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Mrs. Tarabai Lalji Vs. Collector and ors. - Court Judgment

LegalCrystal Citation
SubjectArbitration
CourtGujarat High Court
Decided On
Judge
Reported in(1980)21GLR15
AppellantMrs. Tarabai Lalji
RespondentCollector and ors.
Cases ReferredKumbha Mawji v. Union India
Excerpt:
- - 3. in order to appreciate the multifarious contentions advanced on behalf of the plaintiff in proper perspective, it would be profitable to trace the history of this dispute which has a chequered career althrough out these years in the courts as well as before the arbitrator. the salt commissioner, however, neglected to enter upon the reference and the plaintiff, therefore, by her notice of september 15, 1970, called upon the state government as well as the collector, jamnagar, to concur in the appointment of a new arbitrator. ) jamnagar on november 3, 1970 by her application to fill up the vacancy by appointing a new arbitrator in place of the statutory arbitrator who had failed and neglected to enter upon the reference. 2. the order of reference of 30th april 1974 (hereinafter.....b.k. mehta, j.1. in this group of civil applications, the petitioner-mrs. tarabai lalji, who was plaintiff in civil suit no. 25 of 1968 on the file of the court of civil judge (s.d.) jamnagar, being suit under section 20 of the arbitration act, 1940 (hereinafter referred to as 'the plaintiff for the sake of convenience) challenges the award of april 22,1975 made by the arbitrator shri n.m. miabhoy, retired chief justice of this court, in the matter of damages pertaining to lease of certain lands admeasuring acres 2872-16 gunthas situate at village jodiya in jamnagar district, granted by the government of the state of gujarat to the plaintiff for manufacture of salt, on the grounds, inter alia, that the award being a nullity, and prays for setting aside the said award and for certain.....
Judgment:

B.K. Mehta, J.

1. In this group of Civil Applications, the petitioner-Mrs. Tarabai Lalji, who was plaintiff in Civil Suit No. 25 of 1968 on the file of the Court of Civil Judge (S.D.) Jamnagar, being suit under Section 20 of the Arbitration Act, 1940 (hereinafter referred to as 'the plaintiff for the sake of convenience) challenges the award of April 22,1975 made by the Arbitrator Shri N.M. Miabhoy, retired Chief Justice of this Court, in the matter of damages pertaining to lease of certain lands admeasuring acres 2872-16 gunthas situate at village Jodiya in Jamnagar district, granted by the Government of the State of Gujarat to the plaintiff for manufacture of salt, on the grounds, inter alia, that the award being a nullity, and prays for setting aside the said award and for certain consequential reliefs as a result thereof.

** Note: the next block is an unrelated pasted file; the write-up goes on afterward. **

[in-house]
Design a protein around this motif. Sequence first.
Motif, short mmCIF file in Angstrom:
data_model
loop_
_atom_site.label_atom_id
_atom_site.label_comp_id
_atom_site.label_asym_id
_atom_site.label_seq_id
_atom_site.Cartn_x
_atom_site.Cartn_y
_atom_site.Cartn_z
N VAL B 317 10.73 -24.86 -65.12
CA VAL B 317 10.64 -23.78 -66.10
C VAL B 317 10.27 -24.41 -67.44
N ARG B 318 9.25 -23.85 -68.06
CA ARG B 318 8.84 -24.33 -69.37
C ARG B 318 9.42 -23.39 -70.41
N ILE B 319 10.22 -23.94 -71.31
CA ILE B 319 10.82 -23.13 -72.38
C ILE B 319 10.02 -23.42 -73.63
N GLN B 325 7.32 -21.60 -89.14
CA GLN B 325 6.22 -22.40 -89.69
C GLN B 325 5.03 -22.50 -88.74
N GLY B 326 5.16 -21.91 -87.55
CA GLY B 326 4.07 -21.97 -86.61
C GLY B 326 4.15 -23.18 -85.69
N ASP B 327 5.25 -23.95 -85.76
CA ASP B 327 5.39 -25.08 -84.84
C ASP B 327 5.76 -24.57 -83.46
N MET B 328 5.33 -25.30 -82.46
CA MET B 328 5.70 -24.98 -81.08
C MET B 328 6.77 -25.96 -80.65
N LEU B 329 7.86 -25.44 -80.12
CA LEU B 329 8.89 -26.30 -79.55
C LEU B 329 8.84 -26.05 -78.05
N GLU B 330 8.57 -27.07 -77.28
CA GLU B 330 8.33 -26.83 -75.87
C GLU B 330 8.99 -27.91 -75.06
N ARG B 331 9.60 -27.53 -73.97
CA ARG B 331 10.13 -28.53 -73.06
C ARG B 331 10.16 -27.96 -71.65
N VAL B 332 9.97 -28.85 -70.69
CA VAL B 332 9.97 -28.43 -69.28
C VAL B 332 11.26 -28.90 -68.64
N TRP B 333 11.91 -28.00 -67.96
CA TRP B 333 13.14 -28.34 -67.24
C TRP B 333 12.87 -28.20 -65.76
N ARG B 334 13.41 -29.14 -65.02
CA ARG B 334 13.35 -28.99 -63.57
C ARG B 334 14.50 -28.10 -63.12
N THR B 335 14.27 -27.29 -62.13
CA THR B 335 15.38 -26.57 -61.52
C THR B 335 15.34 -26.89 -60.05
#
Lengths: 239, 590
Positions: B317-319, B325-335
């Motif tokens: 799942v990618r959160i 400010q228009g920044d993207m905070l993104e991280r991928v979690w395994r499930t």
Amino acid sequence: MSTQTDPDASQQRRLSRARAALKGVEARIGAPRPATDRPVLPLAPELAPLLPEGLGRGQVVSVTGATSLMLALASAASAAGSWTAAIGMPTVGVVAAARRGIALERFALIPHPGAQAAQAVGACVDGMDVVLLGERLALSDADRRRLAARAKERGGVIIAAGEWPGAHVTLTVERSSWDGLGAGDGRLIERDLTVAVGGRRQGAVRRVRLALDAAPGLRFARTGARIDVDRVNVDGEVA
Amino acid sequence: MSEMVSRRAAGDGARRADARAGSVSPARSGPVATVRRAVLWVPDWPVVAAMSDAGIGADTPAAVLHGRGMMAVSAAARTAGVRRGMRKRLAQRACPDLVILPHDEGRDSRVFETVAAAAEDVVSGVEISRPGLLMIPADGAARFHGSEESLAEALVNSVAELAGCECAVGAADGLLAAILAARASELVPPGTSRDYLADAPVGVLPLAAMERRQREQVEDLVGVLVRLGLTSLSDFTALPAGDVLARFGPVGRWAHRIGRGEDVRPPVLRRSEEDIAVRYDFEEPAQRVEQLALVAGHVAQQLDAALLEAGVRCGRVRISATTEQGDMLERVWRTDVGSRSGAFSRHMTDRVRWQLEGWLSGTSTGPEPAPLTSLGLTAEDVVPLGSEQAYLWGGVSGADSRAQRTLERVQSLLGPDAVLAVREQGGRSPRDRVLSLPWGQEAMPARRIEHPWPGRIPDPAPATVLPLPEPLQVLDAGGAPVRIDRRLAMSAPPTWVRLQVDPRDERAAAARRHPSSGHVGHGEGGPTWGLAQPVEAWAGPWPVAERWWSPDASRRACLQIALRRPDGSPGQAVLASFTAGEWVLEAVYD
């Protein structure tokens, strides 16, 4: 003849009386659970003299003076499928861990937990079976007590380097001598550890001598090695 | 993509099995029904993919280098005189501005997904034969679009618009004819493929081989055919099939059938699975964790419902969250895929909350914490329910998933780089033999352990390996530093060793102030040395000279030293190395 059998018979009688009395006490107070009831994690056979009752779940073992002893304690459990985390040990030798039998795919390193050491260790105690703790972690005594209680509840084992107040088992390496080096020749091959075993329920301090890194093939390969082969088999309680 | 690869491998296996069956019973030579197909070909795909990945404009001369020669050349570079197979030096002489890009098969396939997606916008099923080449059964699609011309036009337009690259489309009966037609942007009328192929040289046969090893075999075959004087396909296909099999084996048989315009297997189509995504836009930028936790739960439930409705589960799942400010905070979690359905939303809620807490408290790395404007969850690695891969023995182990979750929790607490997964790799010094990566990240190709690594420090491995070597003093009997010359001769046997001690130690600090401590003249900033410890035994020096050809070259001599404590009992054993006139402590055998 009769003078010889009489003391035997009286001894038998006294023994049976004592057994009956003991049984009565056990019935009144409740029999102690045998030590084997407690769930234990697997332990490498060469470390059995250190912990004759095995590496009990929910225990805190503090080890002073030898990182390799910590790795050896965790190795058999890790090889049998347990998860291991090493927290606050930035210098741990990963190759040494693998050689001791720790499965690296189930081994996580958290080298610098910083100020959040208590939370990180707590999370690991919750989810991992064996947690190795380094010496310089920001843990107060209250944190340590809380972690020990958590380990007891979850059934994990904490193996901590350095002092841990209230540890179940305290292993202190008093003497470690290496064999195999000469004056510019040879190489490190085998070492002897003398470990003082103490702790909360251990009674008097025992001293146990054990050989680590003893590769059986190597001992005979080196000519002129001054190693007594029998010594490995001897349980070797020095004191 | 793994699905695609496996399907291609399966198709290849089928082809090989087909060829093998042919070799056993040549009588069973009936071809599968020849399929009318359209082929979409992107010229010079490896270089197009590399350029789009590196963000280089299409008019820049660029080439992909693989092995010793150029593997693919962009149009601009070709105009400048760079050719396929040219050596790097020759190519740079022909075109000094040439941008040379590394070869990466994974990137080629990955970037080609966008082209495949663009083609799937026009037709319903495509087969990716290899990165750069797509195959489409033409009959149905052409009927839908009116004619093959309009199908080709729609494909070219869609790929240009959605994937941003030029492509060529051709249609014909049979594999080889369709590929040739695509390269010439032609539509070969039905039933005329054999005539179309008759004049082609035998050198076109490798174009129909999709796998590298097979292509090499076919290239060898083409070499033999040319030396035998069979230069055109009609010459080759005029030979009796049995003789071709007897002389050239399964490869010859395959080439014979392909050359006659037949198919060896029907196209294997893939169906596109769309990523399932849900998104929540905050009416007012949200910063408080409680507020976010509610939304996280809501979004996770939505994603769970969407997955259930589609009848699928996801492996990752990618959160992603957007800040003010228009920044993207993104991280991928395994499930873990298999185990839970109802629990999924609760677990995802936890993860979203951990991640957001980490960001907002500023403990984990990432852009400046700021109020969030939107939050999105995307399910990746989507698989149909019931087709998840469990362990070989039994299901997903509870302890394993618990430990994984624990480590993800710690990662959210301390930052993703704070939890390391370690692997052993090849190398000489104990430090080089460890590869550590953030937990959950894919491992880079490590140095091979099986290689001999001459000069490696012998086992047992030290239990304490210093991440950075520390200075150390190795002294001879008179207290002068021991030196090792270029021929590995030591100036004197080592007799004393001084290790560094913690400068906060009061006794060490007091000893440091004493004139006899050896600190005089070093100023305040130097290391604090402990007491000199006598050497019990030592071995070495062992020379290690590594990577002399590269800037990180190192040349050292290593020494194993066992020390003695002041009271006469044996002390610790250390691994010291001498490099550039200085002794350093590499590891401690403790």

2. The State of Gujarat, which was defendant in the suit (hereinafter referred to as 'the State Government' for the sake of convenience) on the other hand, prays for a decree in terms of the aforesaid award by which the claim for damages was dismissed by the said Arbitrator.

3. In order to appreciate the multifarious contentions advanced on behalf of the plaintiff in proper perspective, it would be profitable to trace the history of this dispute which has a chequered career althrough out these years in the Courts as well as before the Arbitrator. The plaintiff had applied to the State Government for granting lease of the aforesaid land for purposes of manufacturing salt thereon by her application of December 17, 1962. She applied simultaneously on the same day to the Salt Commissioner of India for a licence to manufacture salt in reply of which the Salt Commissioner, by his letter of February 29, 1963 intimated the plaintiff that there would be no objection to the grant of the licence subject to certain conditions, inter alia, of the State Government granting lease to the plaintiff conferring proper legal title and providing therein for a clear approach road to the land in question. A copy of the said letter was sent to the State Government.

4. On June 12, 1963, the State Government granted the lease to the plaintiff for purposes of manufacturing salt and a lease deed containing terms and conditions with a site plan of the land in question was executed on August 17, 1963 between the parties, and it was registered on August 21, 1963 before the District Registrar of Jamnagar. It is claimed by the plaintiff that after taking over of the possession of the land in question, on September 14, 1963, she spent a considerable amount for construction of salt works according to the lay-out plan approved by the Assistant Salt Commissioner, Jamnagar. The plaintiff was also granted licence to manufacture salt being Licence No. 97 on October 14, 1963. It appears that some dispute arose between the plaintiff and the local authorities of the State Government about the use of the approach road to the leasehold site. It is claimed by the plaintiff that though the works were on the point of being commissioned, somewhere from October, 1965, the State Government closed down the approach road on or about August 5, 1965. The plaintiff, therefore, under Clause 19 of the said lease deed, made an application on August 14, 1965 to the Salt Commissioner of India in the matter sine; he was the statutory Arbitrator under the Salt Act. The plaintiff, by her application dated February 25, 1966, prayed for determination of compensation as claimed therein. However, it was the grievance of the plaintiff that the Salt Commissioner of India avoided to initiate arbitration proceedings and, therefore, she was compelled to move Civil Judge (S.D.), Jamnagar by her application dated April 12, 1966, being Civil Miscellaneous Application No. 41 of 1966, which was the competent court having jurisdiction in the matter, praying that the agreement be filed in the Court. This Civil Miscellaneous Application was later on numbered as Civil Suit No. 25 of 1968 on the State Government entering appearance for purposes of contest.